Until Death Do Us Part - Jonas

Isnin, Jun 29, 2009

#591. Medicine for Melancholy [2009]

Fate (and alcohol) brings two people together in this independent romantic comedy-drama. Joanne (Tracey Heggins) and Micah (Wyatt Cenac) wake up together one morning after a drunken one-night stand, the result of attending a late-night party at the home of a mutual friend. It becomes clear they don't know each other very well and after sharing breakfast, Joanne isn't interested in getting to know Micah any better. However, when Micah discovers that Joanne has misplaced her wallet, he stops by her apartment to return it, and they end up spending the day together. Joanne and Micah don't appear to have much in common; she's well-to-do and lives in San Francisco's pricey Marina District, while he has a flat in the rough-and-tumble Tenderloin and works with a group of activists struggling to make housing affordable in the city by the bay. As the day wears on, Joanne and Micah become increasingly aware of a genuine mutual attraction, but they also realize just how different they really are. The first feature film from writer and director Barry Jenkins, Medicine for Melancholy received its premiere at the 2008 San Francisco International Film Festival. - Mark Deming, All Movie Guide

Starring :Wyatt Cenac, Tracey N. Heggins
Director(s): Barry Jenkins
Release Date: Feb 4, 2009
Genre: Drama

Visually more sophisticated than the bulk of features to yet come out of the new wave of DIY independent American cinema, narratively smoother and yet still boundless in mold-breaking ambition, triple-Independent Spirit Award nominee Medicine for Melancholy offers a self-contained rebuttal to claims that precious, naturalistic dramas about the existential dilemmas of hipster singles are exclusively a white man’s game. But the most exciting thing about the film is that director Barry Jenkins doesn’t seem interested in rebutting anything, or in playing any sort of game but his own. His mission: to talk about what it feels like to be young, black and artsy in a city in which people who fit that description make up a minuscule fraction of the population.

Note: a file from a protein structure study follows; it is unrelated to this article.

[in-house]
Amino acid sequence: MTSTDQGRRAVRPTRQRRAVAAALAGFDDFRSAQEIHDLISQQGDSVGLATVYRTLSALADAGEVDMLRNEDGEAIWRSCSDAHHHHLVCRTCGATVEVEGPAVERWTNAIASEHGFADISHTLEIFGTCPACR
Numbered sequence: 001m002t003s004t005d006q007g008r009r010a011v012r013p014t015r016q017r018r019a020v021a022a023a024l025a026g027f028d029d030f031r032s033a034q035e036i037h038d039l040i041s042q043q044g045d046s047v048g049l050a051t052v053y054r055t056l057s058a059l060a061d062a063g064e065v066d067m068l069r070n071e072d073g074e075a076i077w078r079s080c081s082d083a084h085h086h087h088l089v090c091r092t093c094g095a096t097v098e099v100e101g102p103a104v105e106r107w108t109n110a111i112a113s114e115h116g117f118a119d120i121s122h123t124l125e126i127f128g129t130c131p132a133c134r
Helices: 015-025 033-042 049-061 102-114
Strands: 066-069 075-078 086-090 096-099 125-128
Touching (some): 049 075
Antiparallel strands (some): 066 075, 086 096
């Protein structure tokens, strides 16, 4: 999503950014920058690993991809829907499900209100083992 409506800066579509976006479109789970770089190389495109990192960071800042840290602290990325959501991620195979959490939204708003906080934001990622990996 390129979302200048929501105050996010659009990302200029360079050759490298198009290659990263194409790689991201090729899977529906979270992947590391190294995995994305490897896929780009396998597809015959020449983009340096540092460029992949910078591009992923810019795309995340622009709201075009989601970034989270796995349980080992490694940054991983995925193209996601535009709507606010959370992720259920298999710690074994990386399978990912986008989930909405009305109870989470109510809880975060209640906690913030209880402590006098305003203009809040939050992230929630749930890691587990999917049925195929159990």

Formally and thematically, Melancholy is, in fact, driven by fractions. African-Americans currently make up less than 7 percent of the city of San Francisco. Several decades of gentrification have all but whitewashed the city’s historically non-white communities south of Market Street; the few non-gentrified pockets still standing are under constant threat of being steamrolled by the luxury housing boom. To make that point visually, Jenkins and cinematographer James Laxton literally drain the color almost completely from their digital video image. On first viewing, I guessed that the entirety of the film had been desaturated 93 percent to match the racial breakdown, but in Jenkins has said the level of desaturation actually fluctuates). The resulting image is soft and smoggy, mostly gray with pastel hints. Melancholy may be more committed to certain of the city’s un-pretty social truths than any other recent fiction film set in San Francisco, but ironically, as a sheer portrait of the city, it’s also maybe the most beautiful.

Jenkins wants us to know that, in such a literally colorless landscape, it’s a freak occurrence that our protagonists have met at all. Micah and Joanne wake up in the same bed the morning after a house party. They’ve apparently had sex, but have neglected to exchange names. An awkward brunch ensues, then a silent shared cab ride. Apparently embarrassed and certainly hungover, she storms out of the car when it reaches the top of Russian Hill, but leaves her wallet behind. He tracks her down, convinces her that they should spend the day together. The day turns into another drunken night.

As they explore the city together, Micah and Jo spend an awful lot of time talking self-consciously about race, even going as far as to argue over “what two black people do on a Sunday afternoon.” This is, initially, jarring, not just because it’s something you almost never see in a film not directed by Spike Lee, but because as a white girl, my knee jerk response was, “Shouldn’t black people know what it means to be a black person?”

Of course, Jenkins’ point is that, as if anybody ever really knows what it means to be what they are, these two certainly don’t, because for the most part, their racial role models are few and far between, and they can only define themselves against what they know they are not. For Micah, this seems to be Jo’s biggest selling point: she represents something he’s fantasized about, and like many of us would, once he stumbles on the embodiment of that fantasy he’s determined to hold on to it and not let it get away. But Joanne senses this, and doesn’t like it. The last thing she wants is to be wanted just because she’s the only black girl in town who silkscreens her own t-shirts and shops at the organic food co-op.

Over the course of the film, Jenkins subtly shifts our perspective, from Micah’s gaze to Joanne’s, all the while refusing to antagonize or fully sympathize with either. Somehow, by the end, we want to see these two kids cinch a traditional a happy ending. But Jenkins instead chooses realistic difficulty over the easy answer fantasy. A weekend coupling might work as a temporary salve for melancholy, but it never solves the problems it momentarily obscures. 24 hours after we enter the picture, we exit, carrying with us a perfectly molded portrait of a place in the form this fling.

review by : Karina Longworth [co-founder Cinematical Blog]

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